Great job. You have a grasp on the basics. There are plenty sites that walk you through the process.

  23. Al says:

    BTW, once you get going. I would love to add you to my subscriptons. You sound good. I
    don’t sound that great…

  24. Melody says:

    I love this. If possible, please keep posting them as mp3 files as well as podcasting so we can download them. I found the audio level mostly satisfactory.

    As for the pro-life paper, I found it most interesting and informative.

    A small caveat: Alas, we are not all so great with Latin. I would have liked a translation of the Latin. The Latin by itself mostly just made me fantasize about meeting Saint Augustine, who is one of my favorite saints.

    I look forward to your future broadcasts.

  25. Thomas says:

    The iPod program (iTunes) that synchronizes the player doesn’t recognize this as a podcast URL. What I would like to see is a weekly download that I could put on the iPod to listen to while driving, etc. I don’t know how that’s done, however. EWTN has weekly podcasts for such programs as Sunday Night Live and Journey Home, among others. They provide a URL that you paste into the iTunes program, and it updates iTunes when the podcasts are posted. I’ll see what I can find out.


  26. Melody: The translation is on the blog on another page.

  27. Melody says:

    My pardons for being unclear Father, I meant that a translation would be
    helpful in the recording itself, since it seems the the sort of thing
    to listen to when out of the home. For example, I’ve already put this entry
    on my mp3 player so I can reabsorb the pro-life paper during my commute, when
    I am less distracted than in the evening.

  28. Séamas says:


    According to every textbook I have seen, the “h” is not silent. Further, every priest, bishop or pope I have ever heard speaking Latin has pronounced the “h,” as you yourself pointed out.

    Whoever taught you that was certainly mistaken.

  29. Séamas: There is a lot of discussion about the function of the Latin “h”. In some modern liturgical books, it is suggested that the way Latin ought to be pronounced is the way it is spoken in Rome. To which I respond… oh yah? By whom? Still, the “h” probably had some function more than just an unvoiced glottal stop.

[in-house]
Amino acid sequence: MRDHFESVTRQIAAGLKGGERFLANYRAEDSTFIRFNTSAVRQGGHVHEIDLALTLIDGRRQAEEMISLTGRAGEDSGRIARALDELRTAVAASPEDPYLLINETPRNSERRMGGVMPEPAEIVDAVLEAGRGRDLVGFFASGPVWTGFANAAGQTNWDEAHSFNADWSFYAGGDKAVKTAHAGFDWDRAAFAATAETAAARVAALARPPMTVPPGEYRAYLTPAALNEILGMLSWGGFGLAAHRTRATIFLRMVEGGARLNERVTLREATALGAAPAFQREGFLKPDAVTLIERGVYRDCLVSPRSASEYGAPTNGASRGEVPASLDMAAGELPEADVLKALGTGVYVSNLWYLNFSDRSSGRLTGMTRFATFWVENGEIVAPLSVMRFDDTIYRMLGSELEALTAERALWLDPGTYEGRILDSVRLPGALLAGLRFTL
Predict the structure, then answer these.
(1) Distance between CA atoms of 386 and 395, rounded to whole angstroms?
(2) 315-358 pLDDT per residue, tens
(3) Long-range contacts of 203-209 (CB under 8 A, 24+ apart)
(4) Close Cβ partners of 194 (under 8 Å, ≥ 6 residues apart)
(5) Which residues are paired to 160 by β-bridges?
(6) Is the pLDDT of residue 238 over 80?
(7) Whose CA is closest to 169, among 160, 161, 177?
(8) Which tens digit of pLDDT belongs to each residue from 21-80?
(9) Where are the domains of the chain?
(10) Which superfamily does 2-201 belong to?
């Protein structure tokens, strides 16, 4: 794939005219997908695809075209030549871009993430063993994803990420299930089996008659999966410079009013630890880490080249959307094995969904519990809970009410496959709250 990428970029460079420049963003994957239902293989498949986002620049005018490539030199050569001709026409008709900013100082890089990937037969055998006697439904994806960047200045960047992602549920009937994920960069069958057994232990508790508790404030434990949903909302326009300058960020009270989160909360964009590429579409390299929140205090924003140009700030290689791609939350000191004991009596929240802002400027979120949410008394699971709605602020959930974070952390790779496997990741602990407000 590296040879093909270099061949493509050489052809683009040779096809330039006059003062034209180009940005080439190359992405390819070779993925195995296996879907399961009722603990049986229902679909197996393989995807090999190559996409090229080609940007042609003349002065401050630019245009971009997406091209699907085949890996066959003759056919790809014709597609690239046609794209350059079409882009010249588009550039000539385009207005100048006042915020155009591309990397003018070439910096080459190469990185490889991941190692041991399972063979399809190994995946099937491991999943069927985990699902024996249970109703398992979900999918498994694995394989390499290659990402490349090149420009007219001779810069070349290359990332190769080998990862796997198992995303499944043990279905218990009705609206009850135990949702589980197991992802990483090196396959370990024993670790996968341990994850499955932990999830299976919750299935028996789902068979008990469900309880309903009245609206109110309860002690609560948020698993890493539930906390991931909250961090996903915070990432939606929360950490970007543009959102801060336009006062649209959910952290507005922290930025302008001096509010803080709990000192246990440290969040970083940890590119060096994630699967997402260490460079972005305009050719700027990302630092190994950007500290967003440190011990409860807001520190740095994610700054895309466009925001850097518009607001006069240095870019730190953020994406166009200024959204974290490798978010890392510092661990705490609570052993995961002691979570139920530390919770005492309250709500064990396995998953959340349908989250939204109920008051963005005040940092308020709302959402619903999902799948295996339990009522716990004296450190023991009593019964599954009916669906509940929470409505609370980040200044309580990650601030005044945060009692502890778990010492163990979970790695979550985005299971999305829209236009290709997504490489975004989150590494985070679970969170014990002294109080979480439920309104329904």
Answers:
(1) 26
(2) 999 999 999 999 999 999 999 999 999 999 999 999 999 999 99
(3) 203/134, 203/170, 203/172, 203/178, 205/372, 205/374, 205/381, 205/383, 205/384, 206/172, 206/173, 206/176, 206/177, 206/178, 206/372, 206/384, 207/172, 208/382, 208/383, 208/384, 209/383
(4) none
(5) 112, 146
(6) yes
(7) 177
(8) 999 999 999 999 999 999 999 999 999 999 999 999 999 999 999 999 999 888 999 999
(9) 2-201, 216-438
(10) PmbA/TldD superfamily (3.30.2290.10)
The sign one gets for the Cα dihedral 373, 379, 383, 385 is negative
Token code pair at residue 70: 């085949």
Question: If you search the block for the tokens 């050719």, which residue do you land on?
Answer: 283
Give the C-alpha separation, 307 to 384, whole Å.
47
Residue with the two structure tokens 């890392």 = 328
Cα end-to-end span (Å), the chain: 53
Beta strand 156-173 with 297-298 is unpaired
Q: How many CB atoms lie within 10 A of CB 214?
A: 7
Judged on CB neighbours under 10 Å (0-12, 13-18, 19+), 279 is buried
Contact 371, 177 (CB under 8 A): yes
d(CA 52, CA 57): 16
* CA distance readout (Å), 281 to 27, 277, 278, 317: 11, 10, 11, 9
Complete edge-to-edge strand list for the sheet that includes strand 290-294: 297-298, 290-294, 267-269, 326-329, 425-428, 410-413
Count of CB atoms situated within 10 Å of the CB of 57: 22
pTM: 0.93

30. Matt says:

    Fr. Z,

    Get Audacity, if you haven’t already, http://audacity.sourceforge.net/download/, the LAME mp3 encoder (also on that site), and watch the first 15 minutes or so of http://video.google.com/videoplay?docid=-8341346390174223686 (the rest of the video is about a serious podcaster with lots of money to burn)

    Settings such as single channel (as opposed to stereo), a 64 bit rate instead of 128, techniques such as recording 20-30 seconds of silence, then using that as a baseline for noise reduction, and normalizing the recording are pretty much all that needs be done for quality stuff noone will complain about. How-to is in the video. They skip over installing the encoder though, but all you need is one file, lame_enc.dll for windows. Not sure, but I think linux has it standard.

    Streaming is usually live broadcasts, like internet radio, or an on demand sort of thing.

    RSS is pretty much just an XML file that contains a title, description, and link to a file or webpage (news or blog for example), which is put on a web site, gets updated when there’s something new, and subscribers software like firefox or itunes will periodically download the XML file and display links to the content listed therein. http://codex.wordpress.org/WordPress_Feeds when you’re ready.

  31. Kathryn says:

    Dear Father,

    I like the choice of song before you starting speaking. Mr. Dylan still has a strong Minnesota accent. One can really hear it when he sings.

    Best Wishes from the snowy tundra,